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Talk: ‘Twas on a Monday morning’ – Laundry Work in Cambridge
Tuesday, 11 January , 7:30 pm – 9:00 pm
Local historian Tamsin Wimhurst uncovers the fascinating and often hidden history of the laundresses of Cambridge.
Why a talk about laundry and washing? In 19th century Cambridge there were more women involved in the industry than in any other work. It was a job that they could turn to even during the toughest of times and one that if you could pay someone else to do it for you, you would. As the century progressed steam laundries began to compete with the washerwomen but eventually even these were gazumped as laundry was brought back into the home and the ‘automatic’ took pride of place in the kitchen. Tamsin Wimhurst will take us through all these changes and hopefully bring back memories that many of us might have of washday.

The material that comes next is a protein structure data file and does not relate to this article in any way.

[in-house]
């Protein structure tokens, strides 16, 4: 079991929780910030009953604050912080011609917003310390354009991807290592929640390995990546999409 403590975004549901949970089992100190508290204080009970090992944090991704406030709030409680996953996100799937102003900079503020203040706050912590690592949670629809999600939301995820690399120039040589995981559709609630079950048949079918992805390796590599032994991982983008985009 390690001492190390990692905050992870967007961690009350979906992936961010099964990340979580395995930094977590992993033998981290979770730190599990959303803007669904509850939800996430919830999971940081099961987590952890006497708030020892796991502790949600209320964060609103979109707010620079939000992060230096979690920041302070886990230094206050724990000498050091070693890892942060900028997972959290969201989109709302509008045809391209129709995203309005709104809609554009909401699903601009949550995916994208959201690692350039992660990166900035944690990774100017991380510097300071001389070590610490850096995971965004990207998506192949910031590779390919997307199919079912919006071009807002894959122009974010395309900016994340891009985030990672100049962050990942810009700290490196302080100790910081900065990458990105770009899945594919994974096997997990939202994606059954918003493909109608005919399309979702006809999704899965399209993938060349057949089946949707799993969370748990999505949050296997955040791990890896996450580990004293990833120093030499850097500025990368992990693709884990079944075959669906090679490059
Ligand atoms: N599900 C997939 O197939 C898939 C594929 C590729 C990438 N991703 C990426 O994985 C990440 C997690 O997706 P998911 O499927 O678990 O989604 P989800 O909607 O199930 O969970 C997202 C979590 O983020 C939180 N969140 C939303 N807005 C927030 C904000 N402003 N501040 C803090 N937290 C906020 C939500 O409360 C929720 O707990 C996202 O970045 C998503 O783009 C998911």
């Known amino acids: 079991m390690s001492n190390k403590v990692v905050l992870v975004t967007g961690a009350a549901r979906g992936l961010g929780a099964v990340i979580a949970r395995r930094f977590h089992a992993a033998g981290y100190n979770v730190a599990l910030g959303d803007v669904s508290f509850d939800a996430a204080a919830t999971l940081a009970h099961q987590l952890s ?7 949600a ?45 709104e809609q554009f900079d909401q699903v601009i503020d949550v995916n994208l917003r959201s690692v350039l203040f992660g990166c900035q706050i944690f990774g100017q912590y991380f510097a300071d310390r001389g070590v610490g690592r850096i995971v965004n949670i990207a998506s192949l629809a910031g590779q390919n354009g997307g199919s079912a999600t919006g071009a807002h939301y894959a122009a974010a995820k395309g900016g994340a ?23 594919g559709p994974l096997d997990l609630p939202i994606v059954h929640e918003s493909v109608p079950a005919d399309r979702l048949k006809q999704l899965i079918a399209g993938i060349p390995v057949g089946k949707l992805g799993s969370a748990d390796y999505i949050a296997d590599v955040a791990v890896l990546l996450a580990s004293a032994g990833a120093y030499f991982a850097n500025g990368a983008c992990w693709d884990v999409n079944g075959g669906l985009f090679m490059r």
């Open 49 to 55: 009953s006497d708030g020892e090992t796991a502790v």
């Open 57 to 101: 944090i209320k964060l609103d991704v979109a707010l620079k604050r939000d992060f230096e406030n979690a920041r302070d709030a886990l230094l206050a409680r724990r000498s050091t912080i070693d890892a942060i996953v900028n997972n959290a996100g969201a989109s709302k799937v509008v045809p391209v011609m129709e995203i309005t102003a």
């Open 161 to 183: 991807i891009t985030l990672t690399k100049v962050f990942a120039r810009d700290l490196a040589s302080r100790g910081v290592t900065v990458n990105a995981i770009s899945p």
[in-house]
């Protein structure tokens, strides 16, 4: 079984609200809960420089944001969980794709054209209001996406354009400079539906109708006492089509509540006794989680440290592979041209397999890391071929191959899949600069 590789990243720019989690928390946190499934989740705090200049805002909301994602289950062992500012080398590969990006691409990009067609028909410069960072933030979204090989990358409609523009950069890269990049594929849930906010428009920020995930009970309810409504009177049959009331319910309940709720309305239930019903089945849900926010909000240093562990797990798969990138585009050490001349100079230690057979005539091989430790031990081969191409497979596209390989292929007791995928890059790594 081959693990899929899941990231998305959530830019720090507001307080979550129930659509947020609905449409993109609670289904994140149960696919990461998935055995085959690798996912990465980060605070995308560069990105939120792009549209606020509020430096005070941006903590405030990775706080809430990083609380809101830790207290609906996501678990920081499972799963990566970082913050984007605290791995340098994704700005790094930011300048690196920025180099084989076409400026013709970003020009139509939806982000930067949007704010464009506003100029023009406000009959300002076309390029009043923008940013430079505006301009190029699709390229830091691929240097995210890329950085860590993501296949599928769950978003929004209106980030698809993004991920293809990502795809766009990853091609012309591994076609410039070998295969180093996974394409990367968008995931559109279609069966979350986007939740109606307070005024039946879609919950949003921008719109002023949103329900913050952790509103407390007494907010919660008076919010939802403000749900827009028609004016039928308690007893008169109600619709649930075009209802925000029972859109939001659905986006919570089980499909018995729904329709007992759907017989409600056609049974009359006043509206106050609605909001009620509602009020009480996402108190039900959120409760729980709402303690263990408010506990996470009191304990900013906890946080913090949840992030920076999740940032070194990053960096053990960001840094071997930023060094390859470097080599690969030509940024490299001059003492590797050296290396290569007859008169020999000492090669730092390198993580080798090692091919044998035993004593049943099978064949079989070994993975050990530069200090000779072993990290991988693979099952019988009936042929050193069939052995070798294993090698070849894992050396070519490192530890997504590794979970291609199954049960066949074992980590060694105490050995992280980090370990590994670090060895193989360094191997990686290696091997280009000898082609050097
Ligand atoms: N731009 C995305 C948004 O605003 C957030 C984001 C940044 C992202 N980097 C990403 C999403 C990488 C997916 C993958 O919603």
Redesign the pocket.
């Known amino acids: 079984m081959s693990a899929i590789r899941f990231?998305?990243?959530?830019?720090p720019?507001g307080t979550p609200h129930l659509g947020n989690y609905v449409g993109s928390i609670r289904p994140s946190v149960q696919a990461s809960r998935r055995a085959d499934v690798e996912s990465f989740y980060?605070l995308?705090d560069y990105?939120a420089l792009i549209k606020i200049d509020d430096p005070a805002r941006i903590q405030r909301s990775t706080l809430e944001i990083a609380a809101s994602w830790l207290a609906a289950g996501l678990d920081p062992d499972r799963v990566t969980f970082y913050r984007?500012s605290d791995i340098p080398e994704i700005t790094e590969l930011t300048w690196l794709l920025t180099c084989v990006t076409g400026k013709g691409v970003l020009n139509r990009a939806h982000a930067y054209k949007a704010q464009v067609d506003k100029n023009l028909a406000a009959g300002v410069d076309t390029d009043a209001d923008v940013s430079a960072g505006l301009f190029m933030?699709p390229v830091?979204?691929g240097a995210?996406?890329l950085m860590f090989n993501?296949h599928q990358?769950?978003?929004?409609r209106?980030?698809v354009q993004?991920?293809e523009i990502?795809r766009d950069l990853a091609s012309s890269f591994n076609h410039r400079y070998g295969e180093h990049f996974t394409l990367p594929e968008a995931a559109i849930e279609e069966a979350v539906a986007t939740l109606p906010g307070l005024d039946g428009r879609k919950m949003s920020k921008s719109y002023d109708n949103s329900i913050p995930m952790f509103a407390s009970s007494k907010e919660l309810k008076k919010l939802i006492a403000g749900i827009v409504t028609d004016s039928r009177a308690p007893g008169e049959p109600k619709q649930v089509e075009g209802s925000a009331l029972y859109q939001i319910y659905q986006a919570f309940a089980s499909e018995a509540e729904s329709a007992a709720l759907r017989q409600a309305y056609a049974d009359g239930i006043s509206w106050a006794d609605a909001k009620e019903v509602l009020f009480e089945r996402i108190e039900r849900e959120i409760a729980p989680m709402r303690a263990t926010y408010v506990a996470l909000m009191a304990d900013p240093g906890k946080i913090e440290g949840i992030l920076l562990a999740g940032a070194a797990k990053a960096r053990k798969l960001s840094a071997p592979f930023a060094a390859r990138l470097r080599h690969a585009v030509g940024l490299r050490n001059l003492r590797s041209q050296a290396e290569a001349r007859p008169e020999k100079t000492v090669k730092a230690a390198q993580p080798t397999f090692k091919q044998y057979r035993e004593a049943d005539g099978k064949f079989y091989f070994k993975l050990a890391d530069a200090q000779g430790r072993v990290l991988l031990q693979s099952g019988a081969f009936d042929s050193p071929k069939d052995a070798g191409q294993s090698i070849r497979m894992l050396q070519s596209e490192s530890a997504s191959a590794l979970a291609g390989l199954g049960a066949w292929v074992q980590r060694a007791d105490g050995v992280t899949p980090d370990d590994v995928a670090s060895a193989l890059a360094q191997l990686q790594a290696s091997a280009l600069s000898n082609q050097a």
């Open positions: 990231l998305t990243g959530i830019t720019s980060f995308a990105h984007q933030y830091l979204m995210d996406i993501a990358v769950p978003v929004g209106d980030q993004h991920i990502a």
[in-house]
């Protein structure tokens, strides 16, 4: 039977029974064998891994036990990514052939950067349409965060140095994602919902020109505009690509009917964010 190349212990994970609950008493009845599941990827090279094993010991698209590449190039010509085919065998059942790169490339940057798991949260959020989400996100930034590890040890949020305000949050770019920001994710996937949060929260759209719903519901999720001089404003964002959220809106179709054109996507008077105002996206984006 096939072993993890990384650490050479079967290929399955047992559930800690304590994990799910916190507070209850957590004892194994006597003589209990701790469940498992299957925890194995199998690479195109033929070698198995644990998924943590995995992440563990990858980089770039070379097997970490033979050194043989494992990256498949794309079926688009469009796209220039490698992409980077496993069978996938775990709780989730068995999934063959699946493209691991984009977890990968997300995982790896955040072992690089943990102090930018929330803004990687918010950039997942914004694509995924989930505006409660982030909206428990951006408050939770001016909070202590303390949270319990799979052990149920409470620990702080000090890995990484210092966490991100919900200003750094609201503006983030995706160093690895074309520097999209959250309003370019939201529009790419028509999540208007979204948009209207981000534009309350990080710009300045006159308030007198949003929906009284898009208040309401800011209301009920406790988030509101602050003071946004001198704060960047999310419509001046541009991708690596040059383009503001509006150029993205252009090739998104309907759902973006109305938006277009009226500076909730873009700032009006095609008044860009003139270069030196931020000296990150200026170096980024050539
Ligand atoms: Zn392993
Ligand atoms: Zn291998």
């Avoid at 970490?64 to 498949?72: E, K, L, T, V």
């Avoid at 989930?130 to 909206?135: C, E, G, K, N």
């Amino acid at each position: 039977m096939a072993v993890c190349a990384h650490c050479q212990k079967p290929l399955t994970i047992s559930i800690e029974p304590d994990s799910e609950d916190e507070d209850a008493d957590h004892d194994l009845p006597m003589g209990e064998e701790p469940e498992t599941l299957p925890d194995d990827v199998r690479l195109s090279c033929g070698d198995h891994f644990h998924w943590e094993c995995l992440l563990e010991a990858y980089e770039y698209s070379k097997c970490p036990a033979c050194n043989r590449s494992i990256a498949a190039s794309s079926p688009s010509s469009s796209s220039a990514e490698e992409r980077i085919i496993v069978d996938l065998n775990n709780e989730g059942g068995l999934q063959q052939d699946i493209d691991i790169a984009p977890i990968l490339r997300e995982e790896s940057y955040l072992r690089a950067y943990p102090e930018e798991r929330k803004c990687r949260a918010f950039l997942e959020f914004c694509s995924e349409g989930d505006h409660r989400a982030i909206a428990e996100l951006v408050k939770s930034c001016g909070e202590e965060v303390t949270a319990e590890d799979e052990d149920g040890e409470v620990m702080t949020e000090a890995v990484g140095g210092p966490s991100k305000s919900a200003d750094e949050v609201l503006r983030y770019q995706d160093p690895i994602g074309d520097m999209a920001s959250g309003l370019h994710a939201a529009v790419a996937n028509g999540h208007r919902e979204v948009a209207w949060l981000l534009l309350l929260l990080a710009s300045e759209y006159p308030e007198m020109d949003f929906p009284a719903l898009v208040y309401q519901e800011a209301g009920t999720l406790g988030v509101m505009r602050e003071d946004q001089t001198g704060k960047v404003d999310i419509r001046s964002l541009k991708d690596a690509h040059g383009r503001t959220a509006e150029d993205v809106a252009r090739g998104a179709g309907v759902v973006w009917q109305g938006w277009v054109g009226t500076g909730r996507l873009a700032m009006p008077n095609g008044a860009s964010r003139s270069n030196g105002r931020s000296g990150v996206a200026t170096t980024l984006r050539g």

Tamsin Wimhurst is a Trustee and founder of the David Parr House Charity which was set up in 2014 in order to conserve it and open up the house to the public. Her first job was as a teacher where she spent many an hour taking her classes to museums and art galleries, during which time her passion for history and collections grew. This experience persuaded her to pursue a career in museum education, curation and project management. She has worked with a wide variety of communities and organisations in order to help them access their history and encourage an interest in their past. Personally, she has researched into a wide variety of themes including Laundry work, River swimming, Women workers and Celebrations. She is a passionate supporter of small independent museums, with a special interest in the ‘local’ where she sees the nation’s history unfold through the lives of individuals and their families.